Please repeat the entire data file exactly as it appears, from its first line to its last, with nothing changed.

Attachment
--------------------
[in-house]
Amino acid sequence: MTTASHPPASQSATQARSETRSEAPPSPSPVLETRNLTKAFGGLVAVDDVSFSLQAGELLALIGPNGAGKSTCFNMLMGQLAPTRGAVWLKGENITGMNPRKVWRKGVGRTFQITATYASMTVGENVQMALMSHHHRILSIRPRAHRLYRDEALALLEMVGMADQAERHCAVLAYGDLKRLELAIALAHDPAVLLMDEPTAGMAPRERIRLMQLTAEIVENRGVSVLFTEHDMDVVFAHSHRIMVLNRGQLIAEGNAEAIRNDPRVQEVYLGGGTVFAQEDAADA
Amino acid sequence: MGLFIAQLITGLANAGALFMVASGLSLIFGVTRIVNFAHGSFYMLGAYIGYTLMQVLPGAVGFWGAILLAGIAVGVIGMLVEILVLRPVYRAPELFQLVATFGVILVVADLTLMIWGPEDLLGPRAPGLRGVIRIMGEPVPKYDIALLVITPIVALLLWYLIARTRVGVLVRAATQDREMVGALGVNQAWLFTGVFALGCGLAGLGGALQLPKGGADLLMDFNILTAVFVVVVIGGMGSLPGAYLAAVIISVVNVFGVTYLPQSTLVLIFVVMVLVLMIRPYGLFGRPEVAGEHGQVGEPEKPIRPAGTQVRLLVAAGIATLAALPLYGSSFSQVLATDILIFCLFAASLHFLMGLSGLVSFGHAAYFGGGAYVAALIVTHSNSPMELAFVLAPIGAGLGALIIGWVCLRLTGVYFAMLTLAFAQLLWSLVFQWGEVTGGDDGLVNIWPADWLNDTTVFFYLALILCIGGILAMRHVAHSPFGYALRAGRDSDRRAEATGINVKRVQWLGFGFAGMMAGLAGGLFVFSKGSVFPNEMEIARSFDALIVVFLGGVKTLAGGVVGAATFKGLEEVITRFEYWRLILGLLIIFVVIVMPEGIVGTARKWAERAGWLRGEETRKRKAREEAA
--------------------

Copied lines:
[in-house]
Amino acid sequence: MTTASHPPASQSATQARSETRSEAPPSPSPVLETRNLTKAFGGLVAVDDVSFSLQAGELLALIGPNGAGKSTCFNMLMGQLAPTRGAVWLKGENITGMNPRKVWRKGVGRTFQITATYASMTVGENVQMALMSHHHRILSIRPRAHRLYRDEALALLEMVGMADQAERHCAVLAYGDLKRLELAIALAHDPAVLLMDEPTAGMAPRERIRLMQLTAEIVENRGVSVLFTEHDMDVVFAHSHRIMVLNRGQLIAEGNAEAIRNDPRVQEVYLGGGTVFAQEDAADA
Amino acid sequence: MGLFIAQLITGLANAGALFMVASGLSLIFGVTRIVNFAHGSFYMLGAYIGYTLMQVLPGAVGFWGAILLAGIAVGVIGMLVEILVLRPVYRAPELFQLVATFGVILVVADLTLMIWGPEDLLGPRAPGLRGVIRIMGEPVPKYDIALLVITPIVALLLWYLIARTRVGVLVRAATQDREMVGALGVNQAWLFTGVFALGCGLAGLGGALQLPKGGADLLMDFNILTAVFVVVVIGGMGSLPGAYLAAVIISVVNVFGVTYLPQSTLVLIFVVMVLVLMIRPYGLFGRPEVAGEHGQVGEPEKPIRPAGTQVRLLVAAGIATLAALPLYGSSFSQVLATDILIFCLFAASLHFLMGLSGLVSFGHAAYFGGGAYVAALIVTHSNSPMELAFVLAPIGAGLGALIIGWVCLRLTGVYFAMLTLAFAQLLWSLVFQWGEVTGGDDGLVNIWPADWLNDTTVFFYLALILCIGGILAMRHVAHSPFGYALRAGRDSDRRAEATGINVKRVQWLGFGFAGMMAGLAGGLFVFSKGSVFPNEMEIARSFDALIVVFLGGVKTLAGGVVGAATFKGLEEVITRFEYWRLILGLLIIFVVIVMPEGIVGTARKWAERAGWLRGEETRKRKAREEAA